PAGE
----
Dealing with dilemmas: The artist and his work - over the work of the artist. Standing out with one's work was the key for Enrique, who has devoted his life to the use of color pencils to be the object of his artwork. I told him, that nature mimicked man's  work, and tree ferns started this 450 million years ago, with fronds that resembled the keys of a violing, he was pleased with the photo choice, and so was I.


Eliecer had a tropical flavour for rock, kind of a Jimmy Buffet ´s IF YOU LIKE PIÑA COLADAS view of music. So the forest and colorful flowers had to play an important role for his picture. He was pleased with his making, and nature had plenty tropical colors to help us work.


Now, Marielina had me completly off my tracks, Her theme was a broken guitar! Just thinking about it, made me heartbroken. I knew that a broken instrument cannot be replaced. However, was I in for a jaw droping surprice. As it turned out, Peter Townsend, of The Who, was the first rock artist to break a guitar on stage. Now, a piece of that first dead guitar may buy you a bunch of brand new ones. To Marielina, her broken guitar ment the ecstatic end of the concert, and I was all concerned about a broken instrument. She showed me, not to make assumtions. However, she liked her picture, as her sad face was not about a broken guitar. Live and learn.


Diana loved heliconias, however, the heliconia exhibit was too far up hill, for her to pose. We searched for a better place, and low and behold, we came up a small shrine of the Virgin Mary. Diana just came out of a life threatening event and she was devoted to the Virgin Mary. She asked me to leave her alone at the shrine and return later. About half hour later, I returned and she said that she wanted her picture in the shrine's trail. This made her very happy and I would have never chosen the place for her set. So, developing bonds with your clients works. She told me, that some times, unperceived beauty is stronger than bright colors. This was a lesson well learned.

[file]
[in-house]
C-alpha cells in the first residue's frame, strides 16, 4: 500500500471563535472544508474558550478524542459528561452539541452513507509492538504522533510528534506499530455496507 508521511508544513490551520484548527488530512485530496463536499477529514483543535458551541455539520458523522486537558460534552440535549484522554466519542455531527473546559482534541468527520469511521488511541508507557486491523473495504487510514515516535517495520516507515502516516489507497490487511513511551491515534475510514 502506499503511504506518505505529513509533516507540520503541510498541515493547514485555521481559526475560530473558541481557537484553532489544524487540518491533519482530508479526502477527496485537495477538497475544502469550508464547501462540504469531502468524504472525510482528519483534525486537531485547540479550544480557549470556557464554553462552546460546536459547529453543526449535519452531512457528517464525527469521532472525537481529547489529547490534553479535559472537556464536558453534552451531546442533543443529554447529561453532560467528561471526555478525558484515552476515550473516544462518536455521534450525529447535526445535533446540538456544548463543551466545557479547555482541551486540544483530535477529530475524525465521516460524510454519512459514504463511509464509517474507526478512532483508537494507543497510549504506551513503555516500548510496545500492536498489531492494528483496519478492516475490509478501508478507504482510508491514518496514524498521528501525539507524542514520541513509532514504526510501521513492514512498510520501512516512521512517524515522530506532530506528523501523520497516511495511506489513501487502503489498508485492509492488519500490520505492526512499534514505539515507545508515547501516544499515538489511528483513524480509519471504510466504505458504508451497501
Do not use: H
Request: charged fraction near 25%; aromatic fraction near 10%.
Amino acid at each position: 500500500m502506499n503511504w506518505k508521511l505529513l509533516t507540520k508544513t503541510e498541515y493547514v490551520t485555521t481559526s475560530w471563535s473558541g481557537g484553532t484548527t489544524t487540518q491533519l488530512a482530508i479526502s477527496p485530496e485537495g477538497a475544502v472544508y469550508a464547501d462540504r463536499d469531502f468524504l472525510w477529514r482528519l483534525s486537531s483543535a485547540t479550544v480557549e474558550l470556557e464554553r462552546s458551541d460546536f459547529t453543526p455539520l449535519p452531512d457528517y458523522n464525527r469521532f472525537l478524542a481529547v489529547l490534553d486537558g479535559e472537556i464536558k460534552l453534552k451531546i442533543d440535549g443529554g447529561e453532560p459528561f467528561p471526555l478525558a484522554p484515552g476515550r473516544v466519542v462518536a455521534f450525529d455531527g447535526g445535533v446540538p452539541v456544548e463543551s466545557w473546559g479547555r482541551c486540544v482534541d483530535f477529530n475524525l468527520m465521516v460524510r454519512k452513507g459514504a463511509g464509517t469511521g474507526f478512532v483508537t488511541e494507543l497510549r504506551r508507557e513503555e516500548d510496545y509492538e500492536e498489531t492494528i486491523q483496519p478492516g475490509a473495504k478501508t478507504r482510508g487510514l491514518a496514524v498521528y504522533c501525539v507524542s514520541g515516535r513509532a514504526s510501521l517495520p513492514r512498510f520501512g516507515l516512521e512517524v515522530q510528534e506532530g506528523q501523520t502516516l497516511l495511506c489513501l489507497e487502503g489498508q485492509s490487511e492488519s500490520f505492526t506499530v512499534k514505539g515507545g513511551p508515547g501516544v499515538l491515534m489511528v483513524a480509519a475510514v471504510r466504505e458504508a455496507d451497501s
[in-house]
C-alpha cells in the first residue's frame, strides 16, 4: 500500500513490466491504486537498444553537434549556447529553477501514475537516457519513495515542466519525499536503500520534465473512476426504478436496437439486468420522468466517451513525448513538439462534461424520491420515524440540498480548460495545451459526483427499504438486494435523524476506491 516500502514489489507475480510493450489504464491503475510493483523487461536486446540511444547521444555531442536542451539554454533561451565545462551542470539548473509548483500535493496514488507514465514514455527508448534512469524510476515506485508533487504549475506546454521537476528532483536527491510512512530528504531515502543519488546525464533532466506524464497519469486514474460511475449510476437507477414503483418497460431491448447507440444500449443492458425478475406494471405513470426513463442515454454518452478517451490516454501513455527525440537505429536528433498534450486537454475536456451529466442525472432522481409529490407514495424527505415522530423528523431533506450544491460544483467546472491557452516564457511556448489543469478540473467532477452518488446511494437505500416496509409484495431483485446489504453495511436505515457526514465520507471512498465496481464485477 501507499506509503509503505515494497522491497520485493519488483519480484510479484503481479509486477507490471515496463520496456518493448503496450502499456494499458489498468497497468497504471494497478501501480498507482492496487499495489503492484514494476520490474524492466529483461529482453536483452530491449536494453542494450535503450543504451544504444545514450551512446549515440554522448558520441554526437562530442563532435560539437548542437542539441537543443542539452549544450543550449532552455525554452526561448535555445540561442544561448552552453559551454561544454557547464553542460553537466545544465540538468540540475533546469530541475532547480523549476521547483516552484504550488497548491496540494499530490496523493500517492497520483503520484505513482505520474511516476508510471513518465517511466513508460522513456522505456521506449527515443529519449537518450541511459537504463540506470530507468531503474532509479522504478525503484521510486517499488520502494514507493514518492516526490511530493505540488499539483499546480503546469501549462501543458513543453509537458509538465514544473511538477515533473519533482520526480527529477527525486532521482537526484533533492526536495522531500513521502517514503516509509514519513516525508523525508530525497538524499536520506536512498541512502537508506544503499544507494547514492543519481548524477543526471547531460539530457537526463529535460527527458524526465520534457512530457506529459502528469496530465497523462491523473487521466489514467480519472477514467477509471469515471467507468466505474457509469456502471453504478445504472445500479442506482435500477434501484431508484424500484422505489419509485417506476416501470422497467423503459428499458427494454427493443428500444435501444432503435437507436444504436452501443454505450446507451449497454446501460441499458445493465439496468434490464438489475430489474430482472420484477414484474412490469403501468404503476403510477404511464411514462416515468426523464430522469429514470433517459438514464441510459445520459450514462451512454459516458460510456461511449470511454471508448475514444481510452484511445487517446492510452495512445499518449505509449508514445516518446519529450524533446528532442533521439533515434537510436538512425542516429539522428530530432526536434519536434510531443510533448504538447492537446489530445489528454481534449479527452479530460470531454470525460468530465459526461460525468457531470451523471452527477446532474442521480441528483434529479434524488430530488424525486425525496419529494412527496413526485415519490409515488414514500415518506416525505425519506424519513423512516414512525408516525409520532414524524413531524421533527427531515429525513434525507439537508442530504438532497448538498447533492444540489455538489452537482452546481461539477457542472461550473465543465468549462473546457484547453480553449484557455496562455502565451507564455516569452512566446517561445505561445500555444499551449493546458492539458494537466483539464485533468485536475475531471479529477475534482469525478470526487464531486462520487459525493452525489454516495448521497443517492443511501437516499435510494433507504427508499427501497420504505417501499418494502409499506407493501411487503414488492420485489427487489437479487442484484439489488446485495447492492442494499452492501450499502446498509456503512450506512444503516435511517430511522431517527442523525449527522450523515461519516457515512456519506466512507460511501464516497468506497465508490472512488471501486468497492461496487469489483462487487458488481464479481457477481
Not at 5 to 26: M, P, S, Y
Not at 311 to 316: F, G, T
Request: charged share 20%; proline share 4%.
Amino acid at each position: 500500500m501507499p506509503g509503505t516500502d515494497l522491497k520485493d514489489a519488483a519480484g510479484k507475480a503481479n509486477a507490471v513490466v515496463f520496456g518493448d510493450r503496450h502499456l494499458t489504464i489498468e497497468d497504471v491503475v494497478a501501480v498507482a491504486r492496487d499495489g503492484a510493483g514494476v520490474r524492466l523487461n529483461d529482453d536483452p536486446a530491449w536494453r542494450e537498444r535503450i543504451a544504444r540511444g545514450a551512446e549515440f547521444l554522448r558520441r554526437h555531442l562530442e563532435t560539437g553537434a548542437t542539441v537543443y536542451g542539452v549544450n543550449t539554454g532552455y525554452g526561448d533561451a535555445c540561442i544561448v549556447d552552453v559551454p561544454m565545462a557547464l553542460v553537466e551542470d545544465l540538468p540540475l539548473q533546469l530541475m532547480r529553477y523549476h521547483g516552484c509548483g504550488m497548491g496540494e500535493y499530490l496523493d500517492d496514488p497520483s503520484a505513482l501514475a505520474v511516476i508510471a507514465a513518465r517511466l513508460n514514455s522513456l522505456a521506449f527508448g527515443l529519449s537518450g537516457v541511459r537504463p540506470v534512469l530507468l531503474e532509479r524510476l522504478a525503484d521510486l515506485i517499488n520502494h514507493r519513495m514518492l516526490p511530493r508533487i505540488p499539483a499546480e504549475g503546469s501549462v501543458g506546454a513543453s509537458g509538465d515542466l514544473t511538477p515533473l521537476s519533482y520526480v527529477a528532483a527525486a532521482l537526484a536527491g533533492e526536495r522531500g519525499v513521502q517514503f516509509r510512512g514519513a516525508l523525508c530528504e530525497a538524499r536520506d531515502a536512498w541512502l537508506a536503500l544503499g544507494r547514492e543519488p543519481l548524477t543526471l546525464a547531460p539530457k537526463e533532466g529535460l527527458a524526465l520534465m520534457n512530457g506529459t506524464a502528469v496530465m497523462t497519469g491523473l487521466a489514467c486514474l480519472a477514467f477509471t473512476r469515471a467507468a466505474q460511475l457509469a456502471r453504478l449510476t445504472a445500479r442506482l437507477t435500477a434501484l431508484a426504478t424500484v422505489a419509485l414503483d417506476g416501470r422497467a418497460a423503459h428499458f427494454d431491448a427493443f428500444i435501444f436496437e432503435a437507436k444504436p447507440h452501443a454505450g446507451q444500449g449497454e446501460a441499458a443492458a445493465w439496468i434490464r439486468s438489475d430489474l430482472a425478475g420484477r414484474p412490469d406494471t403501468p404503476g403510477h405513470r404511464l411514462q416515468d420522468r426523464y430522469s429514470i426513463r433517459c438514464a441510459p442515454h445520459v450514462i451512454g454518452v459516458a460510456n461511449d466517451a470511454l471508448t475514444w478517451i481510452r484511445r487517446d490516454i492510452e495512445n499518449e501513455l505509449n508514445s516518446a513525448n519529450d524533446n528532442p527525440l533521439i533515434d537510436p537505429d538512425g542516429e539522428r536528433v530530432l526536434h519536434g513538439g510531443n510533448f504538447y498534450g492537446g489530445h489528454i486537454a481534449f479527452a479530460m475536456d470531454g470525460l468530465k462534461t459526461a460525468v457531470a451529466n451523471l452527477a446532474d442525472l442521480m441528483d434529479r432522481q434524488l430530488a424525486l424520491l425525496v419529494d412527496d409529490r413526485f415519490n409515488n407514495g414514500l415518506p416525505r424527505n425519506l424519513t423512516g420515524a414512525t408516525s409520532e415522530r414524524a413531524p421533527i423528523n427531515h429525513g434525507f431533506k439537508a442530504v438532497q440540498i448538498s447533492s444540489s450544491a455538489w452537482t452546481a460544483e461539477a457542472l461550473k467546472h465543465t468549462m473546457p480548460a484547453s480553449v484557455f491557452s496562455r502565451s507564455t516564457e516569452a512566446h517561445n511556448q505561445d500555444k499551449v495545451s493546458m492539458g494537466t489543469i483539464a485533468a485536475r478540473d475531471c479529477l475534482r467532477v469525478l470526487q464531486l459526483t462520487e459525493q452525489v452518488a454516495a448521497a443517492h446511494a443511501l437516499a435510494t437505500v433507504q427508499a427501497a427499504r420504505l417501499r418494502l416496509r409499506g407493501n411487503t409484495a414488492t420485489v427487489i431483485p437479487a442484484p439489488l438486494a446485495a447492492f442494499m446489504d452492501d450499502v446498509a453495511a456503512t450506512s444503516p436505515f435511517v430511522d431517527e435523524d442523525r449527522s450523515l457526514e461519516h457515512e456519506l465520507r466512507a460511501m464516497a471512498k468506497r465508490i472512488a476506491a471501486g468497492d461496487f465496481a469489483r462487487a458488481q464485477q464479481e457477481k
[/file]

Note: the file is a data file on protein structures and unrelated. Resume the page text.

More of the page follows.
The most senior person among the artist's group could not walk up and down the garden's hills. He prefered to have his picture taken as close to the road as possible. So the Oriental Garden and the fabulous Jade Flower Vine were the chosen images to complement his picture.


Some artists did not work with the guitar themes, their work was on canvas. Their work was at the Hard Rock Cafe so we had to workout a photo with them as nature lovers. One chose a picture in the cloud forest understory and the other in the Rose Garden. It brings one up the past as I NEVER PROMISED YOU A ROSE GARDEN was the theme song of a touching movie I saw writen by Joe South and recorded by Lynn Anderson in the 70s. So, the shoot was a path through memory lane and a challenge to share with you. At the end all of them were happy and they were delighted to pose for the panoramic view of Caracas, that has becomed an iconic image taken from Jardines Ecologicos Topotepuy.

Conclusions: 

1) Talking to your client about a location over the phone, or face to face in an office, may not be enough to make a successful shoot. Knowing the location is a most, research it, work it and if you can do a scouting of the place first.

2) Once you are in a new location look hard into CONTEXT  AND OBJET. It is very important to develope your awareness about things huge and little as they are critical parts to a story. The set is a mix of a bunch of things working together for a particular event. However, there are sets within sets, and details are of making or breaking importance.

3) Make suggestions to the producers and let them run the show by taking them to your predetermined places of choise. Making the producers life easy is a very important part of your work. Look at it as a win-win situation. Make them love your set, and allow them to be the heros of the shoot, as your work will printed for many to see, and that is a great reward. However, when a producer looks for "the photographer", she/he will remember the one that made them a success, and this is priceless.

4) Talk to the people, models, clients about their feelings for the shoot. What they love and what they hate is very important. Most people have good and bad sides, and in photography, I have learned, that a lot of people say please take the picture from this side (they like the way the look from that position) as it is the pose that suits them best. This may sound as a metaphor, however, it is better to get on the right side of moods, personalities and feelings to get a smooth and  relaxed flow of things while you work. Pressure and time are great foes to deal with and getting by these things is not easy. So ask to please and they will love you.

5) Make sure you give out business cards, they are the cheapest form of advertising.

6) Try to use the shoot to increase your files. You never know when they will make you money.

I hope you enjoy this article, and we'll se you soon.

Best regards

Leopoldo García Berrizbeitia
Photonaturalist